Tuesday 28 August 2012

James Ehnes plays Bartók's Violin Sonatas

Violin Sonatas 1 & 2
Rhapsodies 1 & 2

James Ehnes (violin)
Andrew Armstrong (piano)

Chandos CHAN10705

Bela Bartók was nothing if not a collaborator. Many of his compositions were written for specific musicians with whom he forged strong associations – Jelly D'Arányi; Zoltán Székely; Joseph Szigeti; Yehudi Menuhin: and that's just the violinists – and in each case those collaborators brought big musical personalities to the table. The violin works have stood as some of the most demanding and spartan in the repertoire; still an enormous challenge to the technique and charisma of violinist and their keyboard partner. Canadian violinist James Ehnes brings an iron clad technique to his assault on the Violin Sonatas and Rhapsodies, which follows on from his widely acclaimed recording of Bartók's two Concertos for violin and one for viola for Chandos. But is he the most compelling of guides to this thorny music?

Many of Bartók's darkest works contain a clear thread of existential dread. There's a tone of hopelessness to them, most clearly heard in his thoroughly unpleasant stage works, the opera Bluebeard's Castle and the ballet The Miraculous Mandarin. In those pieces, there's a narrative to make concrete what the music screams at us. The same tone is there in the gloomiest chamber works, ready to be found by musicians able to lift the notes from the page. Take the Second Violin Sonata of 1922. Written for D'Arányi, its violin line hangs in the first movement like a lament carried on a lazy wind, regarded rather than comforted by the piano. Ehnes spins his part with great care; his delivery is nuanced and fragile, but he can be tortured and anguished when required. His faultless technique, though, never sounds stretched by Bartók's enormous demands, and intonation and tone seem precisely weighed at every turn. He's also well matched to his pianist, Andrew Armstrong, a musician of similar command over the cascades of notes.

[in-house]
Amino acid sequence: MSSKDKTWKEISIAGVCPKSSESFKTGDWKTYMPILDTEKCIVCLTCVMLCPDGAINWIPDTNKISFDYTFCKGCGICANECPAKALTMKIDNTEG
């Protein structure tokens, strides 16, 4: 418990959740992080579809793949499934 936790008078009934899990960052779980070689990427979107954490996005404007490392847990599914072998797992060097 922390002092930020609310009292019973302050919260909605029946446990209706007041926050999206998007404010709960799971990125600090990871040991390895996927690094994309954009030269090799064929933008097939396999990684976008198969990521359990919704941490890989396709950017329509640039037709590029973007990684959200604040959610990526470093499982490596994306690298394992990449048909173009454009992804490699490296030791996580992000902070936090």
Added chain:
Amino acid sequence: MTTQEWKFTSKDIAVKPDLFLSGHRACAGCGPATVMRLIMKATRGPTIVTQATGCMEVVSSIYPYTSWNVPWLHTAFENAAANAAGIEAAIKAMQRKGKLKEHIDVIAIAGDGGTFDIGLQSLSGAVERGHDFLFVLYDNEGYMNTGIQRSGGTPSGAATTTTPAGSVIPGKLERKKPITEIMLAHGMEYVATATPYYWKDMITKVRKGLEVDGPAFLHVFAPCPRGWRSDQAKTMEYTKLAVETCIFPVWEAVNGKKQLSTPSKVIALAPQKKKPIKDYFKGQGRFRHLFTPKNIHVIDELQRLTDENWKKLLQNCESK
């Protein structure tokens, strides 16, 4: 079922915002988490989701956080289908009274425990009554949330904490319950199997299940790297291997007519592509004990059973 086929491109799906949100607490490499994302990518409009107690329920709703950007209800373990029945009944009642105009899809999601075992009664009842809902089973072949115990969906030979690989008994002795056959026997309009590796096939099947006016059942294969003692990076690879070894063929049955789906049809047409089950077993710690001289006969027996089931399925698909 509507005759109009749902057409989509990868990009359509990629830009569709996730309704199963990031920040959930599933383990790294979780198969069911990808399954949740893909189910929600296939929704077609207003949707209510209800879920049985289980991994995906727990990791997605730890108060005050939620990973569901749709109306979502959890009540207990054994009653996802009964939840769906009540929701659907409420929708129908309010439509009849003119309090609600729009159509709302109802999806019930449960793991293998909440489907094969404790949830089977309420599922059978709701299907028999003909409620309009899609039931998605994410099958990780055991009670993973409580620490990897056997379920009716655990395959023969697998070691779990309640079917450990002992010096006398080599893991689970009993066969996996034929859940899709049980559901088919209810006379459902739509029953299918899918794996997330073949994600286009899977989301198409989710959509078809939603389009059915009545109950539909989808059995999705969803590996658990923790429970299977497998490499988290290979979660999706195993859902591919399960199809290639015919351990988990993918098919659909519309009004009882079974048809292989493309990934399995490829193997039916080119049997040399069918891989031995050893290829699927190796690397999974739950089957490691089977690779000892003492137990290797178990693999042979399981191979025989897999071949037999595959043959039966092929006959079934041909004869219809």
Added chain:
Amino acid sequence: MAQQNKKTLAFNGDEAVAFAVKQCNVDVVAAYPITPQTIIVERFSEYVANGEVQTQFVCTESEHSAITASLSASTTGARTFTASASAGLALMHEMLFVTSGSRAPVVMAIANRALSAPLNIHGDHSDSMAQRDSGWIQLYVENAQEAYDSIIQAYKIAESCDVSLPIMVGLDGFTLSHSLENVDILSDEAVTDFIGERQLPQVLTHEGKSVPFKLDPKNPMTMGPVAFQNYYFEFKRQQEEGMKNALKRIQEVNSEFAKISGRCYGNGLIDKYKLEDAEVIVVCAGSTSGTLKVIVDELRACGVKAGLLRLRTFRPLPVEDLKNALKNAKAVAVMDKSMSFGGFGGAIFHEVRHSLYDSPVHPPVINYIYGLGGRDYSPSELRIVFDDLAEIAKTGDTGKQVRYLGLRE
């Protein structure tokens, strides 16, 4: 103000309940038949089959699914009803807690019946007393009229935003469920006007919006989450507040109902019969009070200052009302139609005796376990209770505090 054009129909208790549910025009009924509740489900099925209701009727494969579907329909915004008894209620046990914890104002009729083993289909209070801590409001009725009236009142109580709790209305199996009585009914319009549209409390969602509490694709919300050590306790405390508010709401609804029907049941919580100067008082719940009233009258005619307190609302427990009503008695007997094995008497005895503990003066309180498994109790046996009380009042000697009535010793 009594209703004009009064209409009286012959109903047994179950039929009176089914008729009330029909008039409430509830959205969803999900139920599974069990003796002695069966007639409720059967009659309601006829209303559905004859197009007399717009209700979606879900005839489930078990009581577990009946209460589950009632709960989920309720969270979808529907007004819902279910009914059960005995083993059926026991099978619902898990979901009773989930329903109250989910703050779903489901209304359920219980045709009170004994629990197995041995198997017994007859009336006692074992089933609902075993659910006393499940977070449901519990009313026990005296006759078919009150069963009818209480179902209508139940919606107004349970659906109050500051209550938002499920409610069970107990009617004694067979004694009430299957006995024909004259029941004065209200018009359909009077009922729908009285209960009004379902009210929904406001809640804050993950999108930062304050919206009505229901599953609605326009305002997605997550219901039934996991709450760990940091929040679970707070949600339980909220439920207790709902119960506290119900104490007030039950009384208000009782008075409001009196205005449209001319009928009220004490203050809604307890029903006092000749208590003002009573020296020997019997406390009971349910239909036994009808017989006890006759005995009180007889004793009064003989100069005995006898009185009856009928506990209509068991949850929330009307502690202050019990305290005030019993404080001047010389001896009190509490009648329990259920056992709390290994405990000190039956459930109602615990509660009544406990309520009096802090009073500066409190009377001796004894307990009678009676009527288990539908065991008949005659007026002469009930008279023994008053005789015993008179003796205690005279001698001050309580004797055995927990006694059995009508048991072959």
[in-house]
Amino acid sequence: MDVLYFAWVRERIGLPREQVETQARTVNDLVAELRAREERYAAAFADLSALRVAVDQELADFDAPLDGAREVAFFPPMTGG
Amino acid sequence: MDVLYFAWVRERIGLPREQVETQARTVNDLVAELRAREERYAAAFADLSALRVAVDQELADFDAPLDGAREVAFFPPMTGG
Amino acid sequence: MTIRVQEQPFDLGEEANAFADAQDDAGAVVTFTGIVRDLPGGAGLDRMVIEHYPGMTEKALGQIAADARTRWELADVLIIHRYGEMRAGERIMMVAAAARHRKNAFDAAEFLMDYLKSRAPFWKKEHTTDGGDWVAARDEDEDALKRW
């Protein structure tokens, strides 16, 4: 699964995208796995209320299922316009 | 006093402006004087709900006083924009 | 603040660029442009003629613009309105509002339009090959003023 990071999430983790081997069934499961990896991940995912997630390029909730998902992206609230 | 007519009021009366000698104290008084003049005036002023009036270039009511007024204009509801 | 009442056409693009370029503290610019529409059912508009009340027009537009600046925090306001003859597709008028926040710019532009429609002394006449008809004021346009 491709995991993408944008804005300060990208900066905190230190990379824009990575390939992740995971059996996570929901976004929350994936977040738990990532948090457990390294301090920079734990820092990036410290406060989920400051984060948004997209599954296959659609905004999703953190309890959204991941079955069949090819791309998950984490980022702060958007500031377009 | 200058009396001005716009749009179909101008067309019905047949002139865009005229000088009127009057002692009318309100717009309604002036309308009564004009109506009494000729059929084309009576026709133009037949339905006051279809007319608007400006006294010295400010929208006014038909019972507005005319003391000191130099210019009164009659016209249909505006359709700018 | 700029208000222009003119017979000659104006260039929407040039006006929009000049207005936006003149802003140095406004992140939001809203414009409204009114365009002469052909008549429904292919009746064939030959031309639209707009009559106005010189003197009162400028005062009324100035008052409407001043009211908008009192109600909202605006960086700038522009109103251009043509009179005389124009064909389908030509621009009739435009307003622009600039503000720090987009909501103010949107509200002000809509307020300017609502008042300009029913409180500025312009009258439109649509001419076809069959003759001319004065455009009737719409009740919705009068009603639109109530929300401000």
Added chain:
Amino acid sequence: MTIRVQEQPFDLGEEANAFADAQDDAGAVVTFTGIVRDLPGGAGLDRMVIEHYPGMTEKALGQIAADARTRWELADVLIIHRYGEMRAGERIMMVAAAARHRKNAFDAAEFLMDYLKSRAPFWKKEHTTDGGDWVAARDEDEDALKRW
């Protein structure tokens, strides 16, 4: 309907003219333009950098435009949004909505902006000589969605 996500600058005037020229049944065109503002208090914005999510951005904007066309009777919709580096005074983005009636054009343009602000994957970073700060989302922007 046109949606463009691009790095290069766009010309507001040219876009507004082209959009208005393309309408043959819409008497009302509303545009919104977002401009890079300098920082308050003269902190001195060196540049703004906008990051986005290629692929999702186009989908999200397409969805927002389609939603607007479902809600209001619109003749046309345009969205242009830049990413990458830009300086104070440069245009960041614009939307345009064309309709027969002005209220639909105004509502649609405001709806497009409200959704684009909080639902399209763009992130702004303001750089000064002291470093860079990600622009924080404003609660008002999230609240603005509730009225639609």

The same is true in the more impressionistic First Violin Sonata (1921), also written for D'Arányi. It's not a work of quite such determined grimness, but there's still little light. The Adagio is particularly striking: a high, yearning violin line met by granite chords from the piano. Armstrong weighs them perfectly; Ehnes contrasts with a tone of quiet depression. But neither Sonata ever grips completely: in conquering Bartók's strenuous demands quite so completely, Ehnes misses the spontaneity and danger of a performance at the edge. He's certainly never close to playing ugly. Listen to Bartók and Szigeti at the Library of Congress in 1940 in the Second Sonata (Vanguard Classics ATMCD1583) and you'll hear an intensity of storytelling that transcends the initial knottiness of the music.  Their performance is riveting, with a (perhaps unsurprising) feeling of authenticity and directness that’s never been bettered.

The two Rhapsodies, composed in 1928, stem from Bartók’s interest in folk music and are generally easier listening than the Sonatas.  Included at the tail end of the disc is an intriguing bonus: an adapted conclusion to the second part of the first Rhapsody, to be appended when the movement is played by itself.  Space on this extremely well filled disc doesn’t allow for a complete repeat of the Rhapsody’s conclusion with the alternate ending, but the hi-fi savvy can programme their players to jump to the desired track.  Ehnes’s calculated precision is less of a problem in the Rhapsodies, though they do miss the last degree of folky swagger.  In total contrast to the mature Bartók is a brief Andante, written in 1902 in a tiny notebook, totally free of intimations of the music to come.

Chandos’s recording is excellent and Paul Griffiths notes thorough.  “Volume one” suggests a second to follow: hopefully, Armstrong and Ehnes will produce something less cleanly efficient and more open to the grim danger of these works.

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